If you are a Southampton fan, you will have every right to be concerned.
Ralph Hasenhuttl’s side was haplessly beaten by Leeds United on Tuesday night, a loss that condemned the club to an eighth successive Premier League game without a win.
The Saints were last victorious against Liverpool on January 4, a win which saw them climb as high as sixth in the league standings. However, Hasenhuttl’s side has plummeted towards the foot of the table in the weeks since, picking up only one point from eight games.
During that barren run, Southampton were thrashed 9-0 by Manchester United, yet any hope of the result inspiring them to rediscover their best form has since been quashed.
A challenge for European qualification may well have been on the cards a mere month or two ago, but the picture now is entirely different. The 3-0 defeat at Elland Road leaves Southampton in 14th place, just eight points clear of 18th-placed Fulham.
Such a dismal run will take its toll on the confidence of any team, and Southampton should tread carefully in the coming weeks not to get swallowed up by a relegation battle.
We have seen much better performances by Southampton this season, and they have been edged out in high-scoring games on a number of occasions. But they have also been guilty of missing golden opportunities in front of goal, not least in two early chances spurned by Jan Vestergaard and Nathan Tella on Tuesday.
With their position in the league now under increased scrutiny, Southampton simply cannot afford to miss those chances. They might need a few decisions to go their way too. Nevertheless, if you examine the relegation picture, there are teams worse than Southampton. It’s their form that’s the problem, not any lack of outstanding quality.
Even with relegation specialist Sam Allardyce at the helm, you just can’t see 19th-placed West Brom staying up. Sheffield United, who are 20th, have probably left themselves too much to do to pull off a miraculous escape.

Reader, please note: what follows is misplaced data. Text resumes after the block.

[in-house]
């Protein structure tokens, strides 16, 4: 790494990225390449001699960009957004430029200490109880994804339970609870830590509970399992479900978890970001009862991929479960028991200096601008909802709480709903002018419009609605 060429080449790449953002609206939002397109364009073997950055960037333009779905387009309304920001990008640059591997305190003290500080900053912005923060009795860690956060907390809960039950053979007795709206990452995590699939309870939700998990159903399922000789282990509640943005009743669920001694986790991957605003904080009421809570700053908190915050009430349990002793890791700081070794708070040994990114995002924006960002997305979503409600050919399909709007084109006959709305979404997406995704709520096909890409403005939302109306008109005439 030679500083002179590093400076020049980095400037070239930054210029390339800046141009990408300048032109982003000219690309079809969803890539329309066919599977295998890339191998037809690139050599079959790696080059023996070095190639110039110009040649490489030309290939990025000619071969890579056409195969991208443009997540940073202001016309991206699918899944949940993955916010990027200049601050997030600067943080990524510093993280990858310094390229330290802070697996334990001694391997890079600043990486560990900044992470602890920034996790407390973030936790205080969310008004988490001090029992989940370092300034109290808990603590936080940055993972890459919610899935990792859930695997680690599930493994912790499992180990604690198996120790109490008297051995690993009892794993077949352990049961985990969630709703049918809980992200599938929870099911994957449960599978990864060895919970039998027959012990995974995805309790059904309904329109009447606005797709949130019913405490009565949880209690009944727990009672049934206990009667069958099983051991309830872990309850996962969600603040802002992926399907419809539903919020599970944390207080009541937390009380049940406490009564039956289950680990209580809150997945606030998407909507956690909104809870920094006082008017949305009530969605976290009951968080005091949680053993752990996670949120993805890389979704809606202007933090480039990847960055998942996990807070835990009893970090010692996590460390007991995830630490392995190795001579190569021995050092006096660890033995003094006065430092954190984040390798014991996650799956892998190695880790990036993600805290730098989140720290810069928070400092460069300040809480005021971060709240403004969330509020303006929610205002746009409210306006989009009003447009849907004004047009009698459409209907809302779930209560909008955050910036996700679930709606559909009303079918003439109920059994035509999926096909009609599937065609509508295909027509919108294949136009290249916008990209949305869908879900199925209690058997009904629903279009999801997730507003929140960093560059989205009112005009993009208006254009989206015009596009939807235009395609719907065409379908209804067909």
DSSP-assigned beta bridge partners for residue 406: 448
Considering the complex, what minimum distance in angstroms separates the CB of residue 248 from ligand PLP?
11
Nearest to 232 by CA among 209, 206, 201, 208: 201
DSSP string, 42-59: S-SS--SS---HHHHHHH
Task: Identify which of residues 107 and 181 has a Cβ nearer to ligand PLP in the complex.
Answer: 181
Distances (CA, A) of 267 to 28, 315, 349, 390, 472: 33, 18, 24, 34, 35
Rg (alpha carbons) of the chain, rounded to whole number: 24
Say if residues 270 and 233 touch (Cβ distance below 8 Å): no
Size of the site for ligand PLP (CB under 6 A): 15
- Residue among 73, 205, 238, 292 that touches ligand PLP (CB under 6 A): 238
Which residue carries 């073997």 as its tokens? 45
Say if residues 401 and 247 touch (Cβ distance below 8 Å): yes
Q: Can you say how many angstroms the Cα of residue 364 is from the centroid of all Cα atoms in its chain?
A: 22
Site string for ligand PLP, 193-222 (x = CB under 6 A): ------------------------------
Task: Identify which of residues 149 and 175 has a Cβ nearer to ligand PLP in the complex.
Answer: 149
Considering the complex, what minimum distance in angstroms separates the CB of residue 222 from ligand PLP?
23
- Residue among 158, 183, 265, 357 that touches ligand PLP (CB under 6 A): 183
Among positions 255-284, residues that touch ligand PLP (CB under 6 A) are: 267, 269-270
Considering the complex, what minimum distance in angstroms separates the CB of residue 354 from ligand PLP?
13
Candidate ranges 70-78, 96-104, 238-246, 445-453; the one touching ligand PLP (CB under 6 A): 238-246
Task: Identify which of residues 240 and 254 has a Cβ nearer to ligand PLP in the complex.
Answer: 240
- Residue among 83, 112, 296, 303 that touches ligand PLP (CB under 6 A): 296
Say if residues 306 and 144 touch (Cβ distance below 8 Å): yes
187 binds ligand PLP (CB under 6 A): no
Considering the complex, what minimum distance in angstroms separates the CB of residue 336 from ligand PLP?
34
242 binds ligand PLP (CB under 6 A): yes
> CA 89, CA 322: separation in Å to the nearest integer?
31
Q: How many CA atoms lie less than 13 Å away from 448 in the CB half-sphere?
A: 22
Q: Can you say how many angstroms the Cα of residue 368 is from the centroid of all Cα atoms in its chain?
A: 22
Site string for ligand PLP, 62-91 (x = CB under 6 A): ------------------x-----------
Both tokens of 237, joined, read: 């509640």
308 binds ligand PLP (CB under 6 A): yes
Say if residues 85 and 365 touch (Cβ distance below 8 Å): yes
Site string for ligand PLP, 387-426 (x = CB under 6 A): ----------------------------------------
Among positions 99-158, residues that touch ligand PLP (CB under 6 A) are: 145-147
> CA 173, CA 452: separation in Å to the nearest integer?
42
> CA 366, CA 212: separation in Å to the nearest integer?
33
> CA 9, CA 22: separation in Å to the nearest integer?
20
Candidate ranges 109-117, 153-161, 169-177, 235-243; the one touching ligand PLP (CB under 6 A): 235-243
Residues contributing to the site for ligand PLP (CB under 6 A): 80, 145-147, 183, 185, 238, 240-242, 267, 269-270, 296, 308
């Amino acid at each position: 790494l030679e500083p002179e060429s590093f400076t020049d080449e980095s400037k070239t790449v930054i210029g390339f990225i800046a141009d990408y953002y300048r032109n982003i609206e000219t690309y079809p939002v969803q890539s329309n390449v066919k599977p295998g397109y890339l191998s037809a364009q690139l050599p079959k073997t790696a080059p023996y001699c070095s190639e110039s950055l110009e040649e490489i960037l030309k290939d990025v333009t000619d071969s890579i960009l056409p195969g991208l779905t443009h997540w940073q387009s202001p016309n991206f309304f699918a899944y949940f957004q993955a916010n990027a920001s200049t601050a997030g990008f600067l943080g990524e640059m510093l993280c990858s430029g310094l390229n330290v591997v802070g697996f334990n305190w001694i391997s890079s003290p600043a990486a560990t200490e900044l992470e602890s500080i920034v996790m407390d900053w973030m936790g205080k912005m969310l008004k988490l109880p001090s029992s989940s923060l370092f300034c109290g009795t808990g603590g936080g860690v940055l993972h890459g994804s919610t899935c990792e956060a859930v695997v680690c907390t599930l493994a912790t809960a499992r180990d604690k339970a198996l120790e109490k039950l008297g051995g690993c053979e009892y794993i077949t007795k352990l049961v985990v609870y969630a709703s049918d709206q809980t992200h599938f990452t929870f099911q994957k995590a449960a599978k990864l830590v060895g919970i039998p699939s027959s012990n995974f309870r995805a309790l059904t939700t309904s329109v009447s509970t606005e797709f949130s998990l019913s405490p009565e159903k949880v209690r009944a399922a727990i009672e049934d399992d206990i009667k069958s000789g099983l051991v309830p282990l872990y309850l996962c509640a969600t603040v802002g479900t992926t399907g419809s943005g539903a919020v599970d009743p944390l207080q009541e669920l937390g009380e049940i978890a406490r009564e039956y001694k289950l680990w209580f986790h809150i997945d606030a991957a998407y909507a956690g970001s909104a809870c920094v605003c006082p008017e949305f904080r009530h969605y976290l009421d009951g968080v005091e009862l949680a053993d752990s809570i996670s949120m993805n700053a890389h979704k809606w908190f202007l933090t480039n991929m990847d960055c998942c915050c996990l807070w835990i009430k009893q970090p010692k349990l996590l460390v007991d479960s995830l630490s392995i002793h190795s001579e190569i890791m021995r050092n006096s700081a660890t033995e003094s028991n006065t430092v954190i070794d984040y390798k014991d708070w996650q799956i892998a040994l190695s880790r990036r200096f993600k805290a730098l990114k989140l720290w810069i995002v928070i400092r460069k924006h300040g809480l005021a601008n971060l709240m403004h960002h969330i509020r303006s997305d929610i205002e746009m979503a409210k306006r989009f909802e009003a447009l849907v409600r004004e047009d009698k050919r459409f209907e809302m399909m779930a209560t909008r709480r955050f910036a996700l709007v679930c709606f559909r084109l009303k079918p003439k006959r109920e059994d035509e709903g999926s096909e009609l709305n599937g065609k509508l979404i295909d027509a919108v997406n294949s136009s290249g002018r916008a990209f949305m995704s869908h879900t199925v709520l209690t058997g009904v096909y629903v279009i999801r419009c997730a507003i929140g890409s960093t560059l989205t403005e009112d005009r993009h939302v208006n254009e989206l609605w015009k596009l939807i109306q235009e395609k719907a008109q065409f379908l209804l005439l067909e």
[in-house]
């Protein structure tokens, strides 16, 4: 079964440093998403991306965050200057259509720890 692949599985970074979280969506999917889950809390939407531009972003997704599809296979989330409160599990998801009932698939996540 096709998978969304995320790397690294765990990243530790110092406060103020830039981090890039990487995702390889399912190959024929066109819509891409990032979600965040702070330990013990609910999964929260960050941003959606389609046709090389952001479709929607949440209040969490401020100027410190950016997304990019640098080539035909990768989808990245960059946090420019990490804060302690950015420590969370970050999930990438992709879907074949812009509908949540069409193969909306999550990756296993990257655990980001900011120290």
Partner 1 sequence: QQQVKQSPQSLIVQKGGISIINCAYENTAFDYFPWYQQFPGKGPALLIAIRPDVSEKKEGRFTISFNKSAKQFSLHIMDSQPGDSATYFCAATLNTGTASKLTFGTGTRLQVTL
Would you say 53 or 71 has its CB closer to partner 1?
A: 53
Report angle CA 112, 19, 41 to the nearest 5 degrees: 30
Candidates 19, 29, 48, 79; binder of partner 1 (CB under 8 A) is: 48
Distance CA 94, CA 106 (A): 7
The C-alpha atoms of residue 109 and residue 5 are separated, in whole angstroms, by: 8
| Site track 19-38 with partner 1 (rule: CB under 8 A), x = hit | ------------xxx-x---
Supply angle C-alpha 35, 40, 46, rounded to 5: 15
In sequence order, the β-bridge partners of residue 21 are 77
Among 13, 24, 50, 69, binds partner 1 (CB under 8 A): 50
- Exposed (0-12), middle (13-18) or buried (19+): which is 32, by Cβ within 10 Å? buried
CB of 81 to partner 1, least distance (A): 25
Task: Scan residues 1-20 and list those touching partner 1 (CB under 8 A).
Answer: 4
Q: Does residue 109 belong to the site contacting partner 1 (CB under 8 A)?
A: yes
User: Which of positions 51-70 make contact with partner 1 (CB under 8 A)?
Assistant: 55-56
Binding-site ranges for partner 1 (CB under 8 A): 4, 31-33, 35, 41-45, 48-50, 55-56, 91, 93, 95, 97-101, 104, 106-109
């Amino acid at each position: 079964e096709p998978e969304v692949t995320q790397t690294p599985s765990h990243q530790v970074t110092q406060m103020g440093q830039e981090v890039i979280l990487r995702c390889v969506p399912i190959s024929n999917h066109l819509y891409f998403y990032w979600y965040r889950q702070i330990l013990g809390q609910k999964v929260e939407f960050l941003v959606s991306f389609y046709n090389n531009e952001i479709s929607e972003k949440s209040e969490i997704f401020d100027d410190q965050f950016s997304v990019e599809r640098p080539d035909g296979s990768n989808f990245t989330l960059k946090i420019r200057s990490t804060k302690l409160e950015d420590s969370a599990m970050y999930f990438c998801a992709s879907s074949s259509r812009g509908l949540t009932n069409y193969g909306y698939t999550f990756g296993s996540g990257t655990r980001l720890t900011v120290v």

As for Fulham, they are steadily improving and you can see them lifting themselves out of the bottom three in the coming weeks. Brighton, Burnley, Newcastle, and now Southampton, will all be looking over their shoulder.
Crucially, two of Southampton’s league fixtures next month are against such opposition – a trip to Sheff Utd on March 6, and a visit from Brighton on March 13.
They later face Burnley, West Brom and Crystal Palace in April. Tougher ties against Everton and Man City, for example, will also need to be negotiated, but those other fixtures are where Southampton’s fate will be decided.
Southampton have at least achieved valuable wins in the FA Cup, eliminating Shrewsbury, Arsenal and Wolves in quick succession. They face Bournemouth in the next round on March 20, but they’ll need to translate that winning formula back to the Premier League.
Any calls for Hasenhuttl to be sacked are also a bit farfetched. Yes, the manager has yet to find a solution to their winless streak but he has had bad luck with injuries.
The former RB Leipzig boss has demonstrated a desire to improve Southampton, despite the continued lack of investment higher up within the club. He’s not without faults, but there is a promising future with him at the helm; so long as they can stop the rot.
The cutthroat nature of Premier League management means few are afforded the luxury of time to reverse a decline, though Southampton should persist with their ailing chief.
To put it simply, Southampton hasn’t been nearly as bad as the scorelines in their defeats have shown, but with each defeat, the threat of relegation looms large. A full-strength Saints are good enough to avoid the drop, but this is a depleted side – both in talent and confidence. Fear the worst.